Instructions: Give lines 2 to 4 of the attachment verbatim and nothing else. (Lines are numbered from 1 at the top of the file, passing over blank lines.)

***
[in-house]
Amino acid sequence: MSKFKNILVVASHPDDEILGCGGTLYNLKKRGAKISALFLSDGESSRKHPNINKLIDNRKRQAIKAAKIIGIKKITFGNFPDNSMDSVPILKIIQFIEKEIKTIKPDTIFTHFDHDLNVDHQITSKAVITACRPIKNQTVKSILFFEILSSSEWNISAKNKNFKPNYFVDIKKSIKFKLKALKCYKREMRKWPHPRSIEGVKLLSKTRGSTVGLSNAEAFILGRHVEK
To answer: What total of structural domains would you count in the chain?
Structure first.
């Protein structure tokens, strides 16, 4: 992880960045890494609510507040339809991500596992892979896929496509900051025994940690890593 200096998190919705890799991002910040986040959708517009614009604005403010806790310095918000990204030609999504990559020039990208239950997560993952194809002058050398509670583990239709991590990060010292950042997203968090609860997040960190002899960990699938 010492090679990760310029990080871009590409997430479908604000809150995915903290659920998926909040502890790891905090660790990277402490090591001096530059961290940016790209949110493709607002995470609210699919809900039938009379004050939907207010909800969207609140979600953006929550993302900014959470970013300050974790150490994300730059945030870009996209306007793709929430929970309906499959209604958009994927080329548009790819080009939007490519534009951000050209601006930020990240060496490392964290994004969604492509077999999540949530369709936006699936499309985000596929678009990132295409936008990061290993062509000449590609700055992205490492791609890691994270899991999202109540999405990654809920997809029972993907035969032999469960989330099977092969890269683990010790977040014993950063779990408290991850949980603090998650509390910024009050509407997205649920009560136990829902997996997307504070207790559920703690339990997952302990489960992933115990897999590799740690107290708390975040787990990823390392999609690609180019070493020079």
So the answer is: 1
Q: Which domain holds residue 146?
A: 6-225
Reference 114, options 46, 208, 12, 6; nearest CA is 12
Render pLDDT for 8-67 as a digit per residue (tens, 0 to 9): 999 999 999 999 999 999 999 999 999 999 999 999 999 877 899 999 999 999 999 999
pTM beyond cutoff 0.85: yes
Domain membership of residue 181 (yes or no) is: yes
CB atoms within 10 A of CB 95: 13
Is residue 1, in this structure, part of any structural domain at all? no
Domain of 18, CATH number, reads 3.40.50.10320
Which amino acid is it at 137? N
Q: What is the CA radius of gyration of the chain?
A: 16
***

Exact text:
Amino acid sequence: MSKFKNILVVASHPDDEILGCGGTLYNLKKRGAKISALFLSDGESSRKHPNINKLIDNRKRQAIKAAKIIGIKKITFGNFPDNSMDSVPILKIIQFIEKEIKTIKPDTIFTHFDHDLNVDHQITSKAVITACRPIKNQTVKSILFFEILSSSEWNISAKNKNFKPNYFVDIKKSIKFKLKALKCYKREMRKWPHPRSIEGVKLLSKTRGSTVGLSNAEAFILGRHVEK
To answer: What total of structural domains would you count in the chain?
Structure first.